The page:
Towards an ASEAN Economic Community (AEC):
Prospects, Challenges and Paradoxes in Development, Governance and Human Security
26-27 July 2012
According to the Bali Concord II, the ASEAN Economic Community (AEC) should become an integrated economic area by 2015, brought forward from the previous target of 2020. Although ASEAN’s vision has the community underpinned by three pillar institutions, namely the ASEAN Economic Community (AEC), the ASEAN Security Community (ASC) and the ASEAN Socio-Cultural Community (ASCC), much emphasis has been placed on the prospective growth in economic development and trade in the region. Supporters of this single market and single production base idea have been active within the concerned state agencies, especially the Ministries of Foreign Affairs and Commerce and their equivalents. A number of academic institutions and experts on economic development, international relations and regional economic integration have also come out in defense and support of the move towards an AEC, citing the benefits to be gained by the nations involved. However, concerns about and criticisms of this move have started to circulate among scholarly activists, non-state actors, NGOs, local and transnational civil societies.
Points of concern with regard to development issues include regional disparities, uneven development, the impacts of large-scale infrastructure development on sustainable livelihoods, the enclosure of local resources, new forms of resource governance and accumulation by dispossession. With regard to international governance, the roles of state and non-state actors have been questioned in terms of the issues of democratization, privatization, participation, people-centered governance and transnational mobility and regulations, and on the human rights front, concerns have been raised regarding the rights of non-citizens, identity crises, health, food safety, sovereignty, feminization of labor and non-traditional security. It is clear these uncertainties and unresolved issues need to be addressed before the AEC becomes institutionalized. Needless to say, the larger economic conglomerations are already talking about an AEC plus one, three and even six, as the presence of China in particular, is already being felt around the region.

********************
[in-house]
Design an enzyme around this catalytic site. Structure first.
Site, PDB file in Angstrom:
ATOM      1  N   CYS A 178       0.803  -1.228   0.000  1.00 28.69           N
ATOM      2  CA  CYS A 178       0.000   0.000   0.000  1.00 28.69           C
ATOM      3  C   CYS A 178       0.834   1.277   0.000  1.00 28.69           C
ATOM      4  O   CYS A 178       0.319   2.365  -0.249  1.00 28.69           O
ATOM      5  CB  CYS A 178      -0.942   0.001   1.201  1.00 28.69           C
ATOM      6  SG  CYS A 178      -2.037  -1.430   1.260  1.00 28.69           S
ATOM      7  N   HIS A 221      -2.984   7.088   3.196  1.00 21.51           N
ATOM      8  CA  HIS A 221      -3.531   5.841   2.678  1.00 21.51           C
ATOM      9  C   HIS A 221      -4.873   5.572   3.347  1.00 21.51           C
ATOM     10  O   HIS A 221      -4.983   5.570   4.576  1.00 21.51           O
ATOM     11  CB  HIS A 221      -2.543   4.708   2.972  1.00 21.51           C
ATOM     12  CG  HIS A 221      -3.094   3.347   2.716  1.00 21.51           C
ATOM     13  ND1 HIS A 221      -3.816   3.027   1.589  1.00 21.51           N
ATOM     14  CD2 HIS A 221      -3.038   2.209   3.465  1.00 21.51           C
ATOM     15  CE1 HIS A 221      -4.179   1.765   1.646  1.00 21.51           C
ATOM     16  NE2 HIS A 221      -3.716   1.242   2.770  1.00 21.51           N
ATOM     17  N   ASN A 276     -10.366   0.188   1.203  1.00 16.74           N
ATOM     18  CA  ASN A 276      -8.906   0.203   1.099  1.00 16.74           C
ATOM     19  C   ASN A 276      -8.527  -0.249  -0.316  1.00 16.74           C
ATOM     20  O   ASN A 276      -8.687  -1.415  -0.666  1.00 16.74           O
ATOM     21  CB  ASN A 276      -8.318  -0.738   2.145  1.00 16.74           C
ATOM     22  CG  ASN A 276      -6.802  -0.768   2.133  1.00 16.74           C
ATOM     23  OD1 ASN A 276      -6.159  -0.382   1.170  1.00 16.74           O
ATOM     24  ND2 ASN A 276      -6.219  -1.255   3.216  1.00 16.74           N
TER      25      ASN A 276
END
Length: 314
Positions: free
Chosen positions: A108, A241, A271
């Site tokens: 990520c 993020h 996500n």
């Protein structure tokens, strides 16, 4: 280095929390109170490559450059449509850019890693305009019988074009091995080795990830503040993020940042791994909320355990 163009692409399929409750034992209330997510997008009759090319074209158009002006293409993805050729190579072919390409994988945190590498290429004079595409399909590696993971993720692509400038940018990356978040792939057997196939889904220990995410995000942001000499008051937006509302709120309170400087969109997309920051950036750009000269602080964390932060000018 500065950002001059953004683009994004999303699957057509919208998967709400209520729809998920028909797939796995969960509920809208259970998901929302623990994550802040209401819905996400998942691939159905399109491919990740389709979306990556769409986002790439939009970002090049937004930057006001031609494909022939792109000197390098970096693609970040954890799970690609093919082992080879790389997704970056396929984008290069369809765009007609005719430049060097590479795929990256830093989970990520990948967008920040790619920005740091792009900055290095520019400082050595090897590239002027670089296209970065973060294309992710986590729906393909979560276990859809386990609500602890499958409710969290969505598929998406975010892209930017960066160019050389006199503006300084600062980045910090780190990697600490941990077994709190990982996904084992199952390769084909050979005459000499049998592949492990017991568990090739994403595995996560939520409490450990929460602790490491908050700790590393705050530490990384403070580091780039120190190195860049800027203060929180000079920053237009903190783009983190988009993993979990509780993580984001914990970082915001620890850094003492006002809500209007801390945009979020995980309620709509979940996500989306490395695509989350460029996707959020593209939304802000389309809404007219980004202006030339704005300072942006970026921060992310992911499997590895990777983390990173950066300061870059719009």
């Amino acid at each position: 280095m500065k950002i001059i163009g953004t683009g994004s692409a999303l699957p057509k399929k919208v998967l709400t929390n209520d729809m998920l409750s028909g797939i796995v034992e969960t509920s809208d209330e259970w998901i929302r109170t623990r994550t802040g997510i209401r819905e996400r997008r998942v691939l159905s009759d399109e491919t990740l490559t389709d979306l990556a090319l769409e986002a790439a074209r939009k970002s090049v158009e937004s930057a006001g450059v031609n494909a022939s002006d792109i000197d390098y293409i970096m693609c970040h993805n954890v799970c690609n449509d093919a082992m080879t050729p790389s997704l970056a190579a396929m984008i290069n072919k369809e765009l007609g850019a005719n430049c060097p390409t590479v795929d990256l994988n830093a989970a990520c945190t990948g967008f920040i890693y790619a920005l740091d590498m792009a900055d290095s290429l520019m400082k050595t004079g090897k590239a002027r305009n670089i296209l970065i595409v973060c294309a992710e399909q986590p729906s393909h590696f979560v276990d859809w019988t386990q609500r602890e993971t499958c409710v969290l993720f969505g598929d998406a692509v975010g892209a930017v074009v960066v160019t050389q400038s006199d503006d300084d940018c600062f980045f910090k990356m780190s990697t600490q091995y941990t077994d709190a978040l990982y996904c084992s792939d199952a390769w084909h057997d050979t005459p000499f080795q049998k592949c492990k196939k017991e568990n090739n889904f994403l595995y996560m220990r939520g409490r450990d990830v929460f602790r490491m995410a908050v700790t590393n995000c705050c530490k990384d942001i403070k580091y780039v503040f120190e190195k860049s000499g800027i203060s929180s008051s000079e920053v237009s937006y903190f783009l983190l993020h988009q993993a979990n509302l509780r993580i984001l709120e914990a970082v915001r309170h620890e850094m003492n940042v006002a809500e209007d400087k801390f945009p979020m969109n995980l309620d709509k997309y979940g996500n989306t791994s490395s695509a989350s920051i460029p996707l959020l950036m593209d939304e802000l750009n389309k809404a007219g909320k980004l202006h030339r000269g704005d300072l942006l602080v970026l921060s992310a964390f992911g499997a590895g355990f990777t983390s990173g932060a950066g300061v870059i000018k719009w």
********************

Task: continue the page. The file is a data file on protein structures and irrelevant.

This conference will bring together various concerned groups, multi-disciplinary scholars and graduate researchers, as well as activists, state and non-state actors, NGOs, development workers, regional institutions and fellow citizens and non-citizens, in order to discuss the prospects and challenges for plans to move towards an AEC, as well as some of the contradictory ideas being proposed. The outcomes of the conference will help foster a wider and deeper understanding of the AEC, plus help inform the public, and prepare people for the changes ahead and to cope with any unforeseen consequences.
1. To provide a deeper and more rounded understanding of regional development under the AEC;
2. To challenge the premise of economic integration and trade liberalization;
3. To examine the human landscape and humanization of development; and
4. To offer a forum for concerns to be heard and tackled seriously.
- private sector associations
- state agencies
- regional institutions
- local people